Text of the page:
"Get used to it"
— on the pin and needles and other nervous ailments of a writer's life
My fifth novel, The Shadow Queen, will be published on April 8. I am astonished even writing that. Fifth? Why am I on pins and needles? One would think I would be used to it by now.
First, there are the physical challenges of meeting the pubic: nails, hair, face, clothes. As an author giving a talk, one is in front of a group for some time . . . long enough for everyone to make a careful assessment. Think of the last time you went to a reading. Did you check out the author's footwear, his or her "look"? Confess!
And then, more importantly, there is what I will actually say. In the years between publications, I go into writing solitary, and then suddenly I'm thrust onto a stage and expected to be coherent.
It has been over six months since I dipped into the pages of The Shadow Queen. Since then, I've been writing The Next Novel—and that's where my writer brain is focused. But now, with publication approaching like a fast-moving freight train, it's time to open The Shadow Queen and have a look, time to make a list of questions that might be asked, prepare answers, consider various selections for reading. And practice, practice, practice.
But the one thing that makes me the most anxious is the possibility of universal indifference toward my new novel . . . or condemnation of it. I'm not sure which is worse. I tell myself not to take reviews to heart—to not even read them—but that's hard to do.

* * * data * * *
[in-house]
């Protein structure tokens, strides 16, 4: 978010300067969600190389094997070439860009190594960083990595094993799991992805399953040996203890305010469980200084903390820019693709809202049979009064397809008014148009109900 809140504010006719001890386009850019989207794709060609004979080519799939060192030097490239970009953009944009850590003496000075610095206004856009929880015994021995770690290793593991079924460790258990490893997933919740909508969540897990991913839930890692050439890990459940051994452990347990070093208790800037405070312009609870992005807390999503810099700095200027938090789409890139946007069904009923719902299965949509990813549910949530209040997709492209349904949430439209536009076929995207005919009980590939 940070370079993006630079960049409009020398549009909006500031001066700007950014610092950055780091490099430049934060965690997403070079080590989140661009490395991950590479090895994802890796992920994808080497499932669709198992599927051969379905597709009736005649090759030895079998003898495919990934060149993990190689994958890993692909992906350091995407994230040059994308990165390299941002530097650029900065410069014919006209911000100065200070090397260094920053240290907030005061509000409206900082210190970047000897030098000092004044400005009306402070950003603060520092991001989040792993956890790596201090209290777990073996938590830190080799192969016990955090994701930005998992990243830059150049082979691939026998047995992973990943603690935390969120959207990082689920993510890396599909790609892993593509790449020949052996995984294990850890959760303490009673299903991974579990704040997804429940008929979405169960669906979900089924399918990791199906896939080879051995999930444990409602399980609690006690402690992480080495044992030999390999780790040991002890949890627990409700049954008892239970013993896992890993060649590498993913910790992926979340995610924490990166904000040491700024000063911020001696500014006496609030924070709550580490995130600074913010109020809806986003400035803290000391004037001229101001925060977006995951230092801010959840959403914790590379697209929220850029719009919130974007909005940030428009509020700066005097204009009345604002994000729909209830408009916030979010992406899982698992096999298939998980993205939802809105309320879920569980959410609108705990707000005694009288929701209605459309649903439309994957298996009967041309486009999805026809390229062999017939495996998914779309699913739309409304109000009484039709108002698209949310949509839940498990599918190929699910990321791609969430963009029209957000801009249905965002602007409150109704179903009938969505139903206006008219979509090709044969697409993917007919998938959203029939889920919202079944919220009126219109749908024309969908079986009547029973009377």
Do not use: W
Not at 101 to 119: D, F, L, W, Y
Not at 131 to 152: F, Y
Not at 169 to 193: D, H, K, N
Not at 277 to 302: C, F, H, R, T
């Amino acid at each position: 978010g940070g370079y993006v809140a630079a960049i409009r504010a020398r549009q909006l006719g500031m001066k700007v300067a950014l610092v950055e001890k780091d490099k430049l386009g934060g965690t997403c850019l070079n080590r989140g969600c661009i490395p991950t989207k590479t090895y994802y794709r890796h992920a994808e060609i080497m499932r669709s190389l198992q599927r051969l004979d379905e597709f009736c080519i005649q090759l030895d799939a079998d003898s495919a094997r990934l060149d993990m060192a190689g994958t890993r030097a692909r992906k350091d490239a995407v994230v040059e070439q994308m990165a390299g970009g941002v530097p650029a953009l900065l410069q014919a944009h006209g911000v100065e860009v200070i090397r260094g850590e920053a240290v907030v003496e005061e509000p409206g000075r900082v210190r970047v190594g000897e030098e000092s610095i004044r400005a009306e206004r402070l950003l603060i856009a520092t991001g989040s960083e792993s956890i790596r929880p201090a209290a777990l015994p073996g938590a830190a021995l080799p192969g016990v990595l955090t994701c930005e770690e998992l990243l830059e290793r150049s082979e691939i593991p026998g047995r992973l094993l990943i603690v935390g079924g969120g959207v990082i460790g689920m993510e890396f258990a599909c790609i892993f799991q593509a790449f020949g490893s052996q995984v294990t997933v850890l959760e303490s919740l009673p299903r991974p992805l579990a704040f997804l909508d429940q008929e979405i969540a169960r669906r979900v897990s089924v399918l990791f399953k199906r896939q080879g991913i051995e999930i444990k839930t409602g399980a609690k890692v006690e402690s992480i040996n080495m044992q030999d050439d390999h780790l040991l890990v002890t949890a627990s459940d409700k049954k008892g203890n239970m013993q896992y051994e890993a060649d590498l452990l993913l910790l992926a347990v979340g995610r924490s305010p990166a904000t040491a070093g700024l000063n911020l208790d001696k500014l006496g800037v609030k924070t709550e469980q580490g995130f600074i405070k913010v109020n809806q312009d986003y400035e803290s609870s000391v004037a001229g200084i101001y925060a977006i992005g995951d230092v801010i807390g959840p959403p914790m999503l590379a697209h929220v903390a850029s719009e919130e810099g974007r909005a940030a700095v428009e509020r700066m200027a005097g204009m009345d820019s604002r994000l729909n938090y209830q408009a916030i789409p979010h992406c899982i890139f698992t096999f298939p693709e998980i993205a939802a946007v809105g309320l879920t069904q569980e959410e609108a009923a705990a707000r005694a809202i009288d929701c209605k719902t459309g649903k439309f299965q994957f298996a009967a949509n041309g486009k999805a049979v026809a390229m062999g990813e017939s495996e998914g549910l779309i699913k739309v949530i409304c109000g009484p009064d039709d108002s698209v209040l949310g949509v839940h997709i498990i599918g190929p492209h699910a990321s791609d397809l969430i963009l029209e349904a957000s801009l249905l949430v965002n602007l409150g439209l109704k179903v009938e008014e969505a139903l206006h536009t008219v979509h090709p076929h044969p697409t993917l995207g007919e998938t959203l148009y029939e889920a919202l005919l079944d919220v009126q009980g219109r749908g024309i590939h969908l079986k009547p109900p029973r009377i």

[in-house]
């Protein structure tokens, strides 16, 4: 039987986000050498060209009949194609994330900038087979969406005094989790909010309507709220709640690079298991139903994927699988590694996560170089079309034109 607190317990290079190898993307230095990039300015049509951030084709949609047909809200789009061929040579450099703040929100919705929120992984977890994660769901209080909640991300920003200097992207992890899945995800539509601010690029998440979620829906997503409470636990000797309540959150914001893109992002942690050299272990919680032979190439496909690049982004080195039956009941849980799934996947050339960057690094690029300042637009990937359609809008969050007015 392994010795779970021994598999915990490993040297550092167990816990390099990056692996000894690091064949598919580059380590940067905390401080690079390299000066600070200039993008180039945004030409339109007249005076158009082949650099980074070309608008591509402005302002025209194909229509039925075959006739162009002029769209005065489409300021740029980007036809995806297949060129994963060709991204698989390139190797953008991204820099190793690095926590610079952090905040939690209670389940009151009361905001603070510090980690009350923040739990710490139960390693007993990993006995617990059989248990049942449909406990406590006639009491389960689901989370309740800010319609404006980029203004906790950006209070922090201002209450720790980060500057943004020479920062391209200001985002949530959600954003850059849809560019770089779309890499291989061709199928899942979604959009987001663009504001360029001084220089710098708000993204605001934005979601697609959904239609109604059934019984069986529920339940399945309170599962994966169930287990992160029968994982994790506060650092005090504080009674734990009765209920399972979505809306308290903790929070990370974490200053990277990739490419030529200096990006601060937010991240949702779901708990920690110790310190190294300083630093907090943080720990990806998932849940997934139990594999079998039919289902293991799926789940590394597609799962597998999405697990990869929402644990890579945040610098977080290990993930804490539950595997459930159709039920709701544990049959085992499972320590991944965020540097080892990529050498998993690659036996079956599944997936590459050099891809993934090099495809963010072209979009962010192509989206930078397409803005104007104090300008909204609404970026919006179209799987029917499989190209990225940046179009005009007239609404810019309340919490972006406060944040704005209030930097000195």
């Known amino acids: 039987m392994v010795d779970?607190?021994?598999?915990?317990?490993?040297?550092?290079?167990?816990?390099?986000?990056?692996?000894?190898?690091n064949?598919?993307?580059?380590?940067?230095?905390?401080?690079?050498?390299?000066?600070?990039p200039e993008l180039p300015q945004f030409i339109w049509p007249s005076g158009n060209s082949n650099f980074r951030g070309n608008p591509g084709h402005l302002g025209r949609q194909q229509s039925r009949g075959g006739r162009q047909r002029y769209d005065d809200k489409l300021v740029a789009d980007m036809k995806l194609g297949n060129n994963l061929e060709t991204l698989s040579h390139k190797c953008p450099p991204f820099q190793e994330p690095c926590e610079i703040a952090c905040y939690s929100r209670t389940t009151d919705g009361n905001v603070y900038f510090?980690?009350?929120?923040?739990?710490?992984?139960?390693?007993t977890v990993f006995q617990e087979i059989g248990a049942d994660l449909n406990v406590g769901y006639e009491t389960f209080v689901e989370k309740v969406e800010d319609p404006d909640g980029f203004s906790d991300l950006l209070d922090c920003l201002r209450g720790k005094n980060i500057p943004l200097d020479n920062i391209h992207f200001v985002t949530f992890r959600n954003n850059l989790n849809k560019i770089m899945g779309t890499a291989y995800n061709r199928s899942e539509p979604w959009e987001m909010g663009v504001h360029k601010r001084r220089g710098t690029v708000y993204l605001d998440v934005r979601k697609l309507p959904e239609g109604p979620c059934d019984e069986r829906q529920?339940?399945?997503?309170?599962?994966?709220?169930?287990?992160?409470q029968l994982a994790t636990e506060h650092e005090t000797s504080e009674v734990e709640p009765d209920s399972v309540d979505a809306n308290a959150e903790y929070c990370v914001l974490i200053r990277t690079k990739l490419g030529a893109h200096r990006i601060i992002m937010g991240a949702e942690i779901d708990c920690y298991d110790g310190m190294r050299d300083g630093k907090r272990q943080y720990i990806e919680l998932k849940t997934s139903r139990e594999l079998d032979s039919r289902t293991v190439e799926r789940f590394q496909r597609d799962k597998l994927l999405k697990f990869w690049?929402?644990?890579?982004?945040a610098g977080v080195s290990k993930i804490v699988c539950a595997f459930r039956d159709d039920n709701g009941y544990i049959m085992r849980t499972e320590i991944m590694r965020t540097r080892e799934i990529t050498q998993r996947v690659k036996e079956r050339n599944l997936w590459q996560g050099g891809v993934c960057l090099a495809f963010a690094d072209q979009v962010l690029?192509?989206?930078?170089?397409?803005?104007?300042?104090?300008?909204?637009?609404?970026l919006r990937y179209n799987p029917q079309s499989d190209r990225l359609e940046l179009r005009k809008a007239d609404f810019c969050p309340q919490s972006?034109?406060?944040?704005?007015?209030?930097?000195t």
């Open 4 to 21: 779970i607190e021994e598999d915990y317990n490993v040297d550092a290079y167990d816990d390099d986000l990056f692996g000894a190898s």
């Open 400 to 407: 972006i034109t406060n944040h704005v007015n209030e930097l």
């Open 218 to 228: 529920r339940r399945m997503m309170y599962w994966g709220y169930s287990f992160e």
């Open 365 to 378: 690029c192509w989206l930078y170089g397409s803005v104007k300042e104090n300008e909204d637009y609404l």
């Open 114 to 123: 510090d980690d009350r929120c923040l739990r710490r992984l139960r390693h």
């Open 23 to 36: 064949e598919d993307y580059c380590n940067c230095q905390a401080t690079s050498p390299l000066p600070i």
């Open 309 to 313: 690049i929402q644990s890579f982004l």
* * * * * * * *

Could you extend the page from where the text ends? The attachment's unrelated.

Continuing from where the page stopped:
Before I was published, before I even had a finished manuscript in hand, I consulted Jane Urquhart, who was writer-in-residence at the University of Ottawa at the time. We talked of many things, including my never-ending attempts to get published, my discouragement over constant rejection.
"Get used to it," she told me. "If it's not rejections, it's reviews."
Wise words for all writers, aspiring or published. Get used to it.
And now, suddenly, I have in my hands an actual book: The Shadow Queen. Whatever pins and needles I'm suffering, it all seems worthwhile, for it is simply beautiful. I doubt that I will ever "get used to" the amazing satisfaction of this singular moment—but as for the rest of the publishing process, the judgment and assessment of my labor of love? I'm still trying to get used to it.
Sandra Gulland is the author of the Canadian bestseller Mistress of the Sun as well as the Josephine B. Trilogy, which has sold over a million copies in seventeen languages worldwide. Her fifth novel, The Shadow Queen, will be published in Canada and the US on April 8.